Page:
Tu me dis
language: French, English
‘You tell me that you would like to capture the intimacy of people.’ This is the closing phrase of a piece of text by a certain woman named Marie Attard in Tu me dis – a seemingly simple booklet by Titus Simoens. The book is about the complex relationship between men and women, between photographer and subject.
In November 2015, the Ghent-based photographer is staying in Arles as a photographer in residence. Inspired by the Venus of Arles, a female beauty icon, he starts looking for the most beautiful woman in this city in the south of France. He meets Marie, tells her about himself at a bar and tries to gain her trust. She takes him home with her, he takes photographs of her, as a photographer does with his model.
In a sequence of 216 photos that starts with the cover of the book, she first sits at the table and drinks tea, smokes a cigarette or plays with her hair. She tilts her head, holds it with one hand. Then with two hands. She awaits, she sometimes looks bored. Her eyes do all sorts of things: smile, stare, dream, her hands and cigarette follow. But they also ask questions, especially when she’s waiting. What do you want from me, Titus? In the next fragment the lights are out and only a candle burns. She smokes. It’s dark, so he approaches with his camera. Her gaze is, again, filled with questions. What now? One photograph seems to show her half open mouth posing this exact question. What are you aiming for, photographer?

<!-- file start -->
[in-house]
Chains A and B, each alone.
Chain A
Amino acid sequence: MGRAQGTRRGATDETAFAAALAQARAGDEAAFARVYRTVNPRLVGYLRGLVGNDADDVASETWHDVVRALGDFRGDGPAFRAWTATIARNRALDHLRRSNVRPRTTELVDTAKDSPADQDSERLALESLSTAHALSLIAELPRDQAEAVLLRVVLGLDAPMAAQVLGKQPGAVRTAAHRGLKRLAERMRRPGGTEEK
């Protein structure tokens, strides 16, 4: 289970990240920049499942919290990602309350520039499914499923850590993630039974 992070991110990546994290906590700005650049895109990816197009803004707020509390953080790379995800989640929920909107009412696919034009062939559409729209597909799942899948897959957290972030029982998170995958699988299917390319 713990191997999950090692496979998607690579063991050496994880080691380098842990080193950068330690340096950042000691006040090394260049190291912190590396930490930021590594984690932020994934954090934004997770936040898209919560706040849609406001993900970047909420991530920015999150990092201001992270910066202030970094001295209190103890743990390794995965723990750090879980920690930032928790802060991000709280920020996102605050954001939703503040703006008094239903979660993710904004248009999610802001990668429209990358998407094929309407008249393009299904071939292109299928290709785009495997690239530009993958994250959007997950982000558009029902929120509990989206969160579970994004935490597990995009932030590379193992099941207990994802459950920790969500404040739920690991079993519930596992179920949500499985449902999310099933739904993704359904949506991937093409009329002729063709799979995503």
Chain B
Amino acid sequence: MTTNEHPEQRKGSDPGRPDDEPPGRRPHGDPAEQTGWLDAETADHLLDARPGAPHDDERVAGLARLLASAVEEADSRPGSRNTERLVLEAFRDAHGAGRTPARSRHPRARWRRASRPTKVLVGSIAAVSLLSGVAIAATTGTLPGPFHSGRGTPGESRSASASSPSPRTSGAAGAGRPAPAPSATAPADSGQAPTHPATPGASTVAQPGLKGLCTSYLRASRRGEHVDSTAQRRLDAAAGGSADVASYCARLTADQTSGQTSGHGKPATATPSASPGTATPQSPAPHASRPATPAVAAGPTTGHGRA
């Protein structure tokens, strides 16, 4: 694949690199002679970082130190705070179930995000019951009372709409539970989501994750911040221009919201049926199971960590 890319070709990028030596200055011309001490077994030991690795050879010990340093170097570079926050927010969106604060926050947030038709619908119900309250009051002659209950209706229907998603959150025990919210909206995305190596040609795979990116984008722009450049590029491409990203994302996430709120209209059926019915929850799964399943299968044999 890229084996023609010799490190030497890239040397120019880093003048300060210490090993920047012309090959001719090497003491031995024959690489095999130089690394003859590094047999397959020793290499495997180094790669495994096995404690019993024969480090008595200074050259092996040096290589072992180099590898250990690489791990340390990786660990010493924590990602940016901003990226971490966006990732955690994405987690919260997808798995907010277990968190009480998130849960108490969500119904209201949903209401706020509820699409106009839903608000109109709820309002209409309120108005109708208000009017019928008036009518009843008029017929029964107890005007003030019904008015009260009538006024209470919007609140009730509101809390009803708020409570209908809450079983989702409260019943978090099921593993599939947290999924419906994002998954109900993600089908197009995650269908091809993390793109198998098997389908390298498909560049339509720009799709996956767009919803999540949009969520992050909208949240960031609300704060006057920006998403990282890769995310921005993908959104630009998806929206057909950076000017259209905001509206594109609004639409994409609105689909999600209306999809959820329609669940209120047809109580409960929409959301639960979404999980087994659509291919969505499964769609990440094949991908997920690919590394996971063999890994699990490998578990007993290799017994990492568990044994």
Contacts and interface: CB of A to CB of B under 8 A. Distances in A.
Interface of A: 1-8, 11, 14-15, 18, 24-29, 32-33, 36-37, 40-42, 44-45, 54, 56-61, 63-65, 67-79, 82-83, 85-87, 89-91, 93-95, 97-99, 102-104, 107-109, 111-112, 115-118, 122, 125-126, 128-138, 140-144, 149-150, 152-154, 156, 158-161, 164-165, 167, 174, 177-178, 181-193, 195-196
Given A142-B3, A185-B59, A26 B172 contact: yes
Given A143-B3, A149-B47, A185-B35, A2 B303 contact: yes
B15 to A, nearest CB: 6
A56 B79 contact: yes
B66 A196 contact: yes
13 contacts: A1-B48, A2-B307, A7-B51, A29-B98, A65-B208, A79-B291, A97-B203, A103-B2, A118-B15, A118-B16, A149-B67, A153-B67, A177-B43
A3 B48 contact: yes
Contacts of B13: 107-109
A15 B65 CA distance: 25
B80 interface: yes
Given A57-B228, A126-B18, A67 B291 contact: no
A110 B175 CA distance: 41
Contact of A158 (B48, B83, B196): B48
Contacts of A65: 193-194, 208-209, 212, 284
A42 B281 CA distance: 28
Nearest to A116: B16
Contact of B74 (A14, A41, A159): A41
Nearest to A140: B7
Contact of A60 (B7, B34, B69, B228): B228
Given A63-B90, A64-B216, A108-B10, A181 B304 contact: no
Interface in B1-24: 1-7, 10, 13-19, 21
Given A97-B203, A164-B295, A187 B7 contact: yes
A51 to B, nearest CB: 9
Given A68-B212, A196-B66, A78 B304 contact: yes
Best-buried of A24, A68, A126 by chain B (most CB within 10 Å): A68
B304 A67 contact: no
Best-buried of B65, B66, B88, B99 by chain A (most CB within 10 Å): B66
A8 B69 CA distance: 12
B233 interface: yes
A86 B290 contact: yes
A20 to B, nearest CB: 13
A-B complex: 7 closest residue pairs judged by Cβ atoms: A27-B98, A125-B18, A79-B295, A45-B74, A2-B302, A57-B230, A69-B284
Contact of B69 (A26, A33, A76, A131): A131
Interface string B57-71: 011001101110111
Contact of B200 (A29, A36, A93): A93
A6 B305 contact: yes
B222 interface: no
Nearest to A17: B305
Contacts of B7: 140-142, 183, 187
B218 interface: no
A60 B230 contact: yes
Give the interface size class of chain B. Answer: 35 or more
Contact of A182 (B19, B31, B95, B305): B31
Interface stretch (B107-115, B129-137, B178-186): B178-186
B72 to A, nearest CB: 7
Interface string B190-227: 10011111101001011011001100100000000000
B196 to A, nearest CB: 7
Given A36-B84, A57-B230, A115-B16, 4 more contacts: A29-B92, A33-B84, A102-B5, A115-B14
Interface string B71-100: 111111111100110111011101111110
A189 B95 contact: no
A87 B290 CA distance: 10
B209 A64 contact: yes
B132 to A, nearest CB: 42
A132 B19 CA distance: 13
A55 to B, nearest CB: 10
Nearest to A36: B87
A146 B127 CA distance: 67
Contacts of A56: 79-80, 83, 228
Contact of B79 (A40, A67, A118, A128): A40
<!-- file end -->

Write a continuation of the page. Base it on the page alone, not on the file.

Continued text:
According to American Doug DuBois, intimacy in photography has to do with access, confidence and cooperation. It comes from the subject’s permission to have his or her picture taken and the subject’s courage to completely surrender to the directions and, at times, merciless gaze of the photographer. Simoens wonders how far a photographer can go to get the image he wants and what it means to be a photographer. He has told her that, she writes. It’s about power, that’s what he told her. He also has a hard time with relationships – ‘You tell me that (…) everything breaks and that you know you’re the one to blame.’ Eventually, Marie exposes herself in sensual colors, in the intensifying shimmer of the water. She ends up being half naked, just like the Venus of Arles statue. Is this how he directed it? Does she ask if it’s okay, when she turns around to look at him? In any way, the spectacle doesn’t go any further: the last images show her getting dressed again. Some time later Simoens receives an email from Marie: she portrays their very first conversation in the bar – the conversation in which he revealed himself to some degree. The email leads directly to Tu me dis. Simoens puts the full version on the back cover. It’s crucial. Without this text, this would be just another sequence of photographs of a woman made by a man. Her words, however, create an unsuspected turn, a surprising dialogue between her and the photographer. This is in any case confronting, most of all for Simoens himself. The sentences are more compelling than his images and hold up an unforeseen mirror to him – in which he distinctively recognizes his own image. (Stefan Vanthuyne).